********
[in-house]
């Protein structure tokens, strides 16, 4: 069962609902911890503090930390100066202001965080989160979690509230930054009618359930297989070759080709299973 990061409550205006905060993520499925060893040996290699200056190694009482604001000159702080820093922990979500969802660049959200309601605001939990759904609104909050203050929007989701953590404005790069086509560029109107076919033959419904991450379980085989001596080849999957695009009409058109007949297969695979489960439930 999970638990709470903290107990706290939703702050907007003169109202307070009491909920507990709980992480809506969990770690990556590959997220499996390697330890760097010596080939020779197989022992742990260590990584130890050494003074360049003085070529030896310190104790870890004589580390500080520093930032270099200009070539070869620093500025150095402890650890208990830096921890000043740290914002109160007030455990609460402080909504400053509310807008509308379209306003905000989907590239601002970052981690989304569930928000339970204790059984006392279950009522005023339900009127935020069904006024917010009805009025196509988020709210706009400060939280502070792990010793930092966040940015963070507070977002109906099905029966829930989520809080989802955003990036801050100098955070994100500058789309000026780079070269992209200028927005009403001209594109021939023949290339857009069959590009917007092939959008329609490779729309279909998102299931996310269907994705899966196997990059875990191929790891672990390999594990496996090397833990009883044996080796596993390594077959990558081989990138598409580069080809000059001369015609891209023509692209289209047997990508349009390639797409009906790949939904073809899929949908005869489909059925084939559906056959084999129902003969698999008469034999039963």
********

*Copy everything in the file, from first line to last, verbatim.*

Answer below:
[in-house]
């Protein structure tokens, strides 16, 4: 069962609902911890503090930390100066202001965080989160979690509230930054009618359930297989070759080709299973 990061409550205006905060993520499925060893040996290699200056190694009482604001000159702080820093922990979500969802660049959200309601605001939990759904609104909050203050929007989701953590404005790069086509560029109107076919033959419904991450379980085989001596080849999957695009009409058109007949297969695979489960439930 999970638990709470903290107990706290939703702050907007003169109202307070009491909920507990709980992480809506969990770690990556590959997220499996390697330890760097010596080939020779197989022992742990260590990584130890050494003074360049003085070529030896310190104790870890004589580390500080520093930032270099200009070539070869620093500025150095402890650890208990830096921890000043740290914002109160007030455990609460402080909504400053509310807008509308379209306003905000989907590239601002970052981690989304569930928000339970204790059984006392279950009522005023339900009127935020069904006024917010009805009025196509988020709210706009400060939280502070792990010793930092966040940015963070507070977002109906099905029966829930989520809080989802955003990036801050100098955070994100500058789309000026780079070269992209200028927005009403001209594109021939023949290339857009069959590009917007092939959008329609490779729309279909998102299931996310269907994705899966196997990059875990191929790891672990390999594990496996090397833990009883044996080796596993390594077959990558081989990138598409580069080809000059001369015609891209023509692209289209047997990508349009390639797409009906790949939904073809899929949908005869489909059925084939559906056959084999129902003969698999008469034999039963």